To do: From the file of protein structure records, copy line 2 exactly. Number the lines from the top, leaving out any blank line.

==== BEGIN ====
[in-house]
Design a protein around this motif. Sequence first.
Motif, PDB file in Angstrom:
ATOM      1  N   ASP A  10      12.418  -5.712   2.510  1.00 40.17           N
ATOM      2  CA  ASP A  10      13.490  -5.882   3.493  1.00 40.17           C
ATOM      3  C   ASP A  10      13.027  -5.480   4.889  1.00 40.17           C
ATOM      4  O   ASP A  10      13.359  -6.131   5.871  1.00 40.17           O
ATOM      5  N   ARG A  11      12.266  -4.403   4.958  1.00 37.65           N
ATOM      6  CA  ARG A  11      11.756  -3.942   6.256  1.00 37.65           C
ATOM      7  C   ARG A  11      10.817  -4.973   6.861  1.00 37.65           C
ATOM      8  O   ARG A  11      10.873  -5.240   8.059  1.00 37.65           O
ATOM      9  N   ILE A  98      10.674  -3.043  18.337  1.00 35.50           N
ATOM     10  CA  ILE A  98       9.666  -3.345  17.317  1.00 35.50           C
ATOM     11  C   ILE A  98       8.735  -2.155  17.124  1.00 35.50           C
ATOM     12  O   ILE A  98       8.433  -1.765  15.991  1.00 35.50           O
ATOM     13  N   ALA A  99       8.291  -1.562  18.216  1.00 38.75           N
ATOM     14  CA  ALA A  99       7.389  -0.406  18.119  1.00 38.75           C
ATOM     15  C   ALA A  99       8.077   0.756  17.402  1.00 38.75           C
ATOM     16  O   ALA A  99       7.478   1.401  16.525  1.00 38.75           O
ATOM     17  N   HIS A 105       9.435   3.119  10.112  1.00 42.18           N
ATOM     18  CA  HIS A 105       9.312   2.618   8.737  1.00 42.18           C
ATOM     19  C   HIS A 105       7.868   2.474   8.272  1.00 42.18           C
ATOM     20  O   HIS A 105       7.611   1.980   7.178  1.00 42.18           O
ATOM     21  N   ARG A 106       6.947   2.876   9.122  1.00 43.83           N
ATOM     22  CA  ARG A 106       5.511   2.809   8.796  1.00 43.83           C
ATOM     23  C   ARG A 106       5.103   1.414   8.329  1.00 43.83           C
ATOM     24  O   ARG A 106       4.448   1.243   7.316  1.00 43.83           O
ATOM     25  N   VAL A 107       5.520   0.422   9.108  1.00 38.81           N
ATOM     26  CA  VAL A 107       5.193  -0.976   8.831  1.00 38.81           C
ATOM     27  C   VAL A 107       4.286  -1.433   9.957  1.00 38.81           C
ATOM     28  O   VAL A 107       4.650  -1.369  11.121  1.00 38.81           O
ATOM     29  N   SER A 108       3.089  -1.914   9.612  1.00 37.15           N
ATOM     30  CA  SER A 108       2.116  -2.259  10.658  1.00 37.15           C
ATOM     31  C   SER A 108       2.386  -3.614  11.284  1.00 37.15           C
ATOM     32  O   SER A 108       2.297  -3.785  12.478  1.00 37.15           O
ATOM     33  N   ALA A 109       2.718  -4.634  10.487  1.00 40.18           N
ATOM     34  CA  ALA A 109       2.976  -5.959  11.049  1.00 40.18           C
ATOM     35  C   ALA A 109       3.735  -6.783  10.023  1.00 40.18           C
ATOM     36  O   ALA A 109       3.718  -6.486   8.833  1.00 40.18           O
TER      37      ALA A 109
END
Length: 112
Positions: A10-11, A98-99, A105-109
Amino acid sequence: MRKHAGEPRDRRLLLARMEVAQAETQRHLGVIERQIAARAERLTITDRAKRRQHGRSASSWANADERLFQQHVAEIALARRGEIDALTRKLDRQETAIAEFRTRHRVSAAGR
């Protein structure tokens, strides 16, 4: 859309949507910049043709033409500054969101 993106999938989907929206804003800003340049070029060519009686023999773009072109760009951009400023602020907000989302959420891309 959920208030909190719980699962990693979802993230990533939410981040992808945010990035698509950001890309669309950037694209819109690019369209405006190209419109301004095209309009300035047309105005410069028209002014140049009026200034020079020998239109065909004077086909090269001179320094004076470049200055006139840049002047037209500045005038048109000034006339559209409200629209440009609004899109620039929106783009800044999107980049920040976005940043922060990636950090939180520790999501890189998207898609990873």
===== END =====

Design a protein around this motif. Sequence first.